Tag Archives: Congress

The Shutdown Price Tag

English: Standard & Poor's Headquarters in Low...

English: Standard & Poor’s Headquarters in Lower Manhattan, New York City, New York (55 Water Street. (Photo credit: Wikipedia)

The crisis is over, but the damage is done.

Standard & Poor’s estimates that when you add the costs of the shutdown – lost wages, productivity, the ripple effects throughout the economy – the sixteen-day shutdown took about $24 billion from our economy.

That works out to a $1.5 billion price tag per day. And for what?

Tea Party Republicans in Congress held our economy hostage. While they failed to extort concessions on their radical demands, they succeeded in dealing our recovering economy an agonizing blow.

We cannot afford to wind up here again in January or February.

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Tell Congress: Shutting Down the Government Is Not an Option

Shut Down Government

Shut Down Government (Photo credit: KAZVorpal)

There’s been a lot of talk about whether Congress will pass a budget by the end of this month or let the government shut down.

Here’s what a shutdown would mean:

Nearly all federal programs and the people they work for would suffer. We’re talking delayed military pay and veterans’ benefits. Shutting down Head Start centers, and Meals on Wheels programs. Delayed applications for new Social Security enrollments, and loans for students and small businesses.

One thing is clear: Shutting down the government will hurt the American people.

When some members of Congress talk about a government shutdown, they frame it as a practical bargaining chip.

A government shutdown will shutter crucial services the American people depend on and wreak havoc with our economy.

President Obama has put forth a smart plan for the budget, and he’s said he’s willing to hear new ideas from people on both sides of the aisle. The budget Congress passes needs to continue to grow the economy from the middle out.

Our elected officials shouldn’t use the economy, the budget, or the threat of taking away health care from millions of Americans to score political points. Add your name now, and tell Congress to avoid a government shutdown and pass a smart budget: http://my.barackobama.com/Pass-a-Budget

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Congress Comes Together to End Sexual Slavery of Children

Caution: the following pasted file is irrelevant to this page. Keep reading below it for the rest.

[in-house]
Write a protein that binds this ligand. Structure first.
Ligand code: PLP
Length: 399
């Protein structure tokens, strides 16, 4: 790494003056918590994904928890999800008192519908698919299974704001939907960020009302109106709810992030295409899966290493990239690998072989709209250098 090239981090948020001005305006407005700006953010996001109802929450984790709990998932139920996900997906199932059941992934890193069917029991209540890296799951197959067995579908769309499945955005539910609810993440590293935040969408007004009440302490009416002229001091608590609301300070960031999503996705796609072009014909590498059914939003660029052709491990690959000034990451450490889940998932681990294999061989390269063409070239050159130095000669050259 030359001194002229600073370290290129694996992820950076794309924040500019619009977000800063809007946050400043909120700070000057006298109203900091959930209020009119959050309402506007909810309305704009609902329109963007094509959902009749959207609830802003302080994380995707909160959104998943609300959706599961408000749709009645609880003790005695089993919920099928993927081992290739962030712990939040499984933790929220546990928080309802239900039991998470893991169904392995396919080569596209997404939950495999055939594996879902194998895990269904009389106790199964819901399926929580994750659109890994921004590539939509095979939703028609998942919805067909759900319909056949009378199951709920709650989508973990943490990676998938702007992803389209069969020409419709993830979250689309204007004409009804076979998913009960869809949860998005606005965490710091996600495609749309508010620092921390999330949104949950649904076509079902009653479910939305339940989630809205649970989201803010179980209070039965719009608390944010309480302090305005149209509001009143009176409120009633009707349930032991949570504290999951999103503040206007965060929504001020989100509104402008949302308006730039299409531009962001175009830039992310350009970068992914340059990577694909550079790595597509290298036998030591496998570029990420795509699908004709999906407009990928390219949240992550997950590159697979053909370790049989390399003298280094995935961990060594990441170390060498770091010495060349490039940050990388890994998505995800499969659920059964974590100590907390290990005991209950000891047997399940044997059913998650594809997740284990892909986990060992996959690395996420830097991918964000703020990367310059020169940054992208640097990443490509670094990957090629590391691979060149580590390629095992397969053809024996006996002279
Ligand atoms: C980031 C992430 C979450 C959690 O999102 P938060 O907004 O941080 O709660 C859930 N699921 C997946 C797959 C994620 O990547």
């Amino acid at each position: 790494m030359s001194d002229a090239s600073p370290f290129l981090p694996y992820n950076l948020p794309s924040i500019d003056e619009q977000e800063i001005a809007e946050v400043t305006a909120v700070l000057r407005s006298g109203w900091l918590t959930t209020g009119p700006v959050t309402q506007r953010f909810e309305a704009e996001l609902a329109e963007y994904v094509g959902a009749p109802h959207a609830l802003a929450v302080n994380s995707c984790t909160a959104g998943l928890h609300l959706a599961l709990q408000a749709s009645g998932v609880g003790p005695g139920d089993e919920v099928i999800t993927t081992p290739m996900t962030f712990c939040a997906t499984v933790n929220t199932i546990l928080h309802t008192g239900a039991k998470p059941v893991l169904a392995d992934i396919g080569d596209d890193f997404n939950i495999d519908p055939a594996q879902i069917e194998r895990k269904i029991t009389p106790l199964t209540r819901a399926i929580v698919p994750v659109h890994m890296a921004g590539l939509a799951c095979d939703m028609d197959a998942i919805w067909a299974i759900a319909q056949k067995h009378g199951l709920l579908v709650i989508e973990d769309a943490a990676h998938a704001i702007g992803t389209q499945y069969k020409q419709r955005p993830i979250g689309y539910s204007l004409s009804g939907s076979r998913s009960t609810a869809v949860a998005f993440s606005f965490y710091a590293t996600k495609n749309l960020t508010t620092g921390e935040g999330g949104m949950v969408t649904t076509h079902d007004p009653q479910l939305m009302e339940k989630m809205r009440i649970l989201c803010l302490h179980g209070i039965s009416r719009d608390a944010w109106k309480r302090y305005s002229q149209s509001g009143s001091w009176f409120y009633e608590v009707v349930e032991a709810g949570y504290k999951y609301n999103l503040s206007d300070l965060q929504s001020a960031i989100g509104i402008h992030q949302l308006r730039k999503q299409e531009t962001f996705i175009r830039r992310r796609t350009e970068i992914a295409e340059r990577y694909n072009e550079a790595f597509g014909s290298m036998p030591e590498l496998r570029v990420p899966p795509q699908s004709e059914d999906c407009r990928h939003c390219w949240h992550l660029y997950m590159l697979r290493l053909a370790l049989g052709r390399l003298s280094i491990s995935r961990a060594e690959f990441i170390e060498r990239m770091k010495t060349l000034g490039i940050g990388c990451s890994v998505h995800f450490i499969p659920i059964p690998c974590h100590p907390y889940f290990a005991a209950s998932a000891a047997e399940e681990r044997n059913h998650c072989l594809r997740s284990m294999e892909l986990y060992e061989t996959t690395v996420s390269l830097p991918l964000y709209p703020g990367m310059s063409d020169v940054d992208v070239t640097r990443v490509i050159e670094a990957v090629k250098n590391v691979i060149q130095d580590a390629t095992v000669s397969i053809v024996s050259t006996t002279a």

Trafficking In Persons Report Map 2010

Trafficking In Persons Report Map 2010 (Photo credit: Wikipedia)

Last month, the FBI announced that it had rescued more than 100 sexually exploited children in Operation Cross Country and arrested 150 people involved in their exploitation. A bill introduced last week in Congress, the End Sex Trafficking Act of 2013goes a step further, calling for “patrons” who seek sex with children to be federally prosecuted.

The bill is an important step in protecting children by recognizing that those who “obtain, patronize, or solicit” prostituted children are guilty of the crime of human trafficking.

“Soliciting or obtaining sex with minors, paying to have sex with a child, is a crime — period, end of story. This is a monumentally important bill that will do more to curb this terrible crime of [sexual] slavery in the 21st Century,” said Democratic Congresswoman Carolyn Maloney, a sponsor of the bill.

The new bill amends the existing Trafficking Victims Protection Act (TVPA). Under the TVPA,”the guy that brings those girls throughout the United States” is the one who is prosecuted, as Republican Congressman Ted Poe (a former state district judge from Humble, Texassaid, but “the consumer, the buyer, is not prosecuted on the federal level.” The new bill will mean that “patrons” will also face federal prosecution.

The End Sex Trafficking Act will draw on existing resources, including federal law enforcement, to prosecute those who profit from and solicit sex from children.

Sex trafficked children are crime victims who will need the help of social services. To this end, Rep. Erik Paulsen (R-Minnesota) and Rep. Louise Slaughter (D-New York) have introduced H.R. 2744, the Child Sex Trafficking Data and Response Act of 2013. This bill would

amend federal law to require that states’ programs relating to child abuse and neglect include provisions and procedures to identify and assess all reports involving child victims of sex trafficking and to train child protective services workers about identifying and providing comprehensive services to exploited children.

The End Sex Trafficking Act of 2013 can, as Poe says, help to end “modern-day slavery” by prosecuting those actually guilty of crimes, not minors who are the victims of criminal activity and in need of rehabilitative care and support.

The bill has broad bipartisan support and is expected to pass both houses of Congress unanimously. More than eighty groups across the country have indicated their support for a law that cannot be passed too soon.

Read more: http://www.care2.com/causes/soliciting-sex-with-children-will-now-be-a-federal-offense.html#ixzz2dHzvg1py

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Call on Congress to Take Action to Avoid School Shootings

English: Columbine High School in Columbine, C...

English: Columbine High School in Columbine, Colorado. (Photo credit: Wikipedia)

Daniel was a smart, quiet kid. He’d become a straight-A student, and he was a new member of the debate team.